Our political leaders will always find the time to parade in front of the media at the Cenotaph on Remembrance Day, just as you can be sure to find your own MP standing at the local war memorial as the clock strikes eleven.

However, when it comes to debating and formulating veterans policy it’s a different story. On the first day of what is Armed Forces week, parliament debated the ending of historical prosecutions of armed forces veterans. None of the party leaders felt the need to attend and only one Labour MP wasn’t doing something else. All the Lib Dem and SNP MPs were washing their hair or otherwise engaged. While more than 50 Conservative MPs showed up, including Mark Lancaster the Minister for the Armed Forces, his boss Gavin Williamson the Secretary of State for Defence was not among them as you might have expected.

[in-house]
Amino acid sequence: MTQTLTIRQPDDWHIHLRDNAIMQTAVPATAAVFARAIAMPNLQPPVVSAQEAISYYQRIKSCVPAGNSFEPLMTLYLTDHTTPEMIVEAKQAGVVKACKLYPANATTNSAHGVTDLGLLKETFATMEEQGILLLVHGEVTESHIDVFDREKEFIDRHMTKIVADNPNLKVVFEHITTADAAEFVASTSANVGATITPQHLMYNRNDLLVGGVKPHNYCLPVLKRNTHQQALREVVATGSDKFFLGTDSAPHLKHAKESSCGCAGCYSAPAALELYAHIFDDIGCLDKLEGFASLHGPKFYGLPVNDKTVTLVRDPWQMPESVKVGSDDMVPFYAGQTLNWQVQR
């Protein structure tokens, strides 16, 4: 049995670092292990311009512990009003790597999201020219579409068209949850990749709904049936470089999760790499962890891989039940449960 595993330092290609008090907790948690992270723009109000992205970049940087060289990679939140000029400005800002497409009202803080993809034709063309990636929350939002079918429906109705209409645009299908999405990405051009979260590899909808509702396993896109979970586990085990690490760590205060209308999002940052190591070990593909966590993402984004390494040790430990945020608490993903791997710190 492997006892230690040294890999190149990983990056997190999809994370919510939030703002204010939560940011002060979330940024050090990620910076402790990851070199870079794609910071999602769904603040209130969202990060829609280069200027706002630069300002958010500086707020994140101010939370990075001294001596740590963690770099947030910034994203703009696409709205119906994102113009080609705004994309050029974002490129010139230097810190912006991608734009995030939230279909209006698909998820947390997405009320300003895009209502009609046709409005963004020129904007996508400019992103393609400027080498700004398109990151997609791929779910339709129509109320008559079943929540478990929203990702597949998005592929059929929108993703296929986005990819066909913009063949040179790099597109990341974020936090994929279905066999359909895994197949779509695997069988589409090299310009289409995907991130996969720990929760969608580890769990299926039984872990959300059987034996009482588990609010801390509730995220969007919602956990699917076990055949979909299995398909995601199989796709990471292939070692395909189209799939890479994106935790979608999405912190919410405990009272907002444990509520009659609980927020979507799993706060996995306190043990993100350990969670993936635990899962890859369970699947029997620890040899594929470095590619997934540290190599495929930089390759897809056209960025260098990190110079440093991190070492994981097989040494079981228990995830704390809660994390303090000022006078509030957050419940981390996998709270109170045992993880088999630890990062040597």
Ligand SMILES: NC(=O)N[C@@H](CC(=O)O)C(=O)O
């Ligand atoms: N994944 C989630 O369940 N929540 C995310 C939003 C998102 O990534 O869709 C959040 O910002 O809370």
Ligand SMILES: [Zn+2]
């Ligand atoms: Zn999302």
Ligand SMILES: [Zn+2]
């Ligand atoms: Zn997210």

And if you thought this was just a one-off you’d be wrong. In March 2016, MPs were asked to debate “the complete vacuum of provision” of care for service veterans returning from Iraq and Afghanistan.

On that occasion only 12 Conservative Ministers bothered to turn up.


Of course, later the same year all the usual suspects were on parade at the Cenotaph, just as they will be again this year.


Words and deeds are not aligned.

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